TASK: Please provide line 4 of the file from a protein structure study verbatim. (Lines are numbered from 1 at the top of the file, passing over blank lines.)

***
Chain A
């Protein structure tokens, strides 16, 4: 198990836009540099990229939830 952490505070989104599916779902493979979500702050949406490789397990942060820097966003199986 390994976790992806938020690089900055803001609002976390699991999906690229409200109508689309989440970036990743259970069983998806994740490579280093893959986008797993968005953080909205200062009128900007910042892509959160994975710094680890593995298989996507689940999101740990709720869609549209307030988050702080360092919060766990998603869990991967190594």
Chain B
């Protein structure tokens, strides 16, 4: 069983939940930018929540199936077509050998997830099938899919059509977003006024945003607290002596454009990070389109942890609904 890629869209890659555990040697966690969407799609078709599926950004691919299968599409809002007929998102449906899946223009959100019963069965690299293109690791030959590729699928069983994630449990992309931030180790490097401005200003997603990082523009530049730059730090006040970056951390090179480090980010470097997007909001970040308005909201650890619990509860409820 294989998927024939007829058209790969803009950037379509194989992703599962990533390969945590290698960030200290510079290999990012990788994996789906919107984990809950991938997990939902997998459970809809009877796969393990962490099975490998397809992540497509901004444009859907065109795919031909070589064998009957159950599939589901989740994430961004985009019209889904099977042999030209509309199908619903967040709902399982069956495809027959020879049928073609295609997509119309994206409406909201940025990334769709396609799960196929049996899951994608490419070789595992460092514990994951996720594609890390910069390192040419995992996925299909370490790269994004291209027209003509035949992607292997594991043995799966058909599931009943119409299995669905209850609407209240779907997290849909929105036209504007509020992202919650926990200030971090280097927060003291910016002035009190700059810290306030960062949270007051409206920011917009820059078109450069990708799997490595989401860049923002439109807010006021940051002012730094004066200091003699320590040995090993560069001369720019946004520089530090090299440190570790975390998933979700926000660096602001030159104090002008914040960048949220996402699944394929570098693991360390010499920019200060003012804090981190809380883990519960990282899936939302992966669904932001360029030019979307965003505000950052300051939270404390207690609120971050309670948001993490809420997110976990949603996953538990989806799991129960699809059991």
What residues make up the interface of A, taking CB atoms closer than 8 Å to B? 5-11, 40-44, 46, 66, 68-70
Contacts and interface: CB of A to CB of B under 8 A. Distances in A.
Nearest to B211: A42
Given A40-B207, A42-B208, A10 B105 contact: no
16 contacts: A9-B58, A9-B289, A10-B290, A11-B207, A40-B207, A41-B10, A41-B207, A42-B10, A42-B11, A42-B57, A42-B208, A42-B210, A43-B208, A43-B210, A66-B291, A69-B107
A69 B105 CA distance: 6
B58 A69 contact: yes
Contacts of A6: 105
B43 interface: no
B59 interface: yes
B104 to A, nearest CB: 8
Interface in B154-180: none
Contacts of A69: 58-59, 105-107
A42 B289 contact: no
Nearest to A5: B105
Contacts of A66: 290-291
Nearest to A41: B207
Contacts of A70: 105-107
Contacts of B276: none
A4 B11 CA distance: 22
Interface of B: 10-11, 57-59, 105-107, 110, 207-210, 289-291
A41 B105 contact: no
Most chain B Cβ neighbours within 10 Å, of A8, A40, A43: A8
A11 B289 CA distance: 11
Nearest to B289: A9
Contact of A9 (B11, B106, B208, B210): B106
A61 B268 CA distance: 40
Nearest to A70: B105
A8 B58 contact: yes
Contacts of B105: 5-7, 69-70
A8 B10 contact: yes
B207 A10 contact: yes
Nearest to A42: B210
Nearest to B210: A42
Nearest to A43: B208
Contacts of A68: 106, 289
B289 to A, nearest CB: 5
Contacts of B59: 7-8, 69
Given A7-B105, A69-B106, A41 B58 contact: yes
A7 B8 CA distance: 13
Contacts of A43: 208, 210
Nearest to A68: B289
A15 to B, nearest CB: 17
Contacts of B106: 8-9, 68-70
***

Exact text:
């Protein structure tokens, strides 16, 4: 069983939940930018929540199936077509050998997830099938899919059509977003006024945003607290002596454009990070389109942890609904 890629869209890659555990040697966690969407799609078709599926950004691919299968599409809002007929998102449906899946223009959100019963069965690299293109690791030959590729699928069983994630449990992309931030180790490097401005200003997603990082523009530049730059730090006040970056951390090179480090980010470097997007909001970040308005909201650890619990509860409820 294989998927024939007829058209790969803009950037379509194989992703599962990533390969945590290698960030200290510079290999990012990788994996789906919107984990809950991938997990939902997998459970809809009877796969393990962490099975490998397809992540497509901004444009859907065109795919031909070589064998009957159950599939589901989740994430961004985009019209889904099977042999030209509309199908619903967040709902399982069956495809027959020879049928073609295609997509119309994206409406909201940025990334769709396609799960196929049996899951994608490419070789595992460092514990994951996720594609890390910069390192040419995992996925299909370490790269994004291209027209003509035949992607292997594991043995799966058909599931009943119409299995669905209850609407209240779907997290849909929105036209504007509020992202919650926990200030971090280097927060003291910016002035009190700059810290306030960062949270007051409206920011917009820059078109450069990708799997490595989401860049923002439109807010006021940051002012730094004066200091003699320590040995090993560069001369720019946004520089530090090299440190570790975390998933979700926000660096602001030159104090002008914040960048949220996402699944394929570098693991360390010499920019200060003012804090981190809380883990519960990282899936939302992966669904932001360029030019979307965003505000950052300051939270404390207690609120971050309670948001993490809420997110976990949603996953538990989806799991129960699809059991």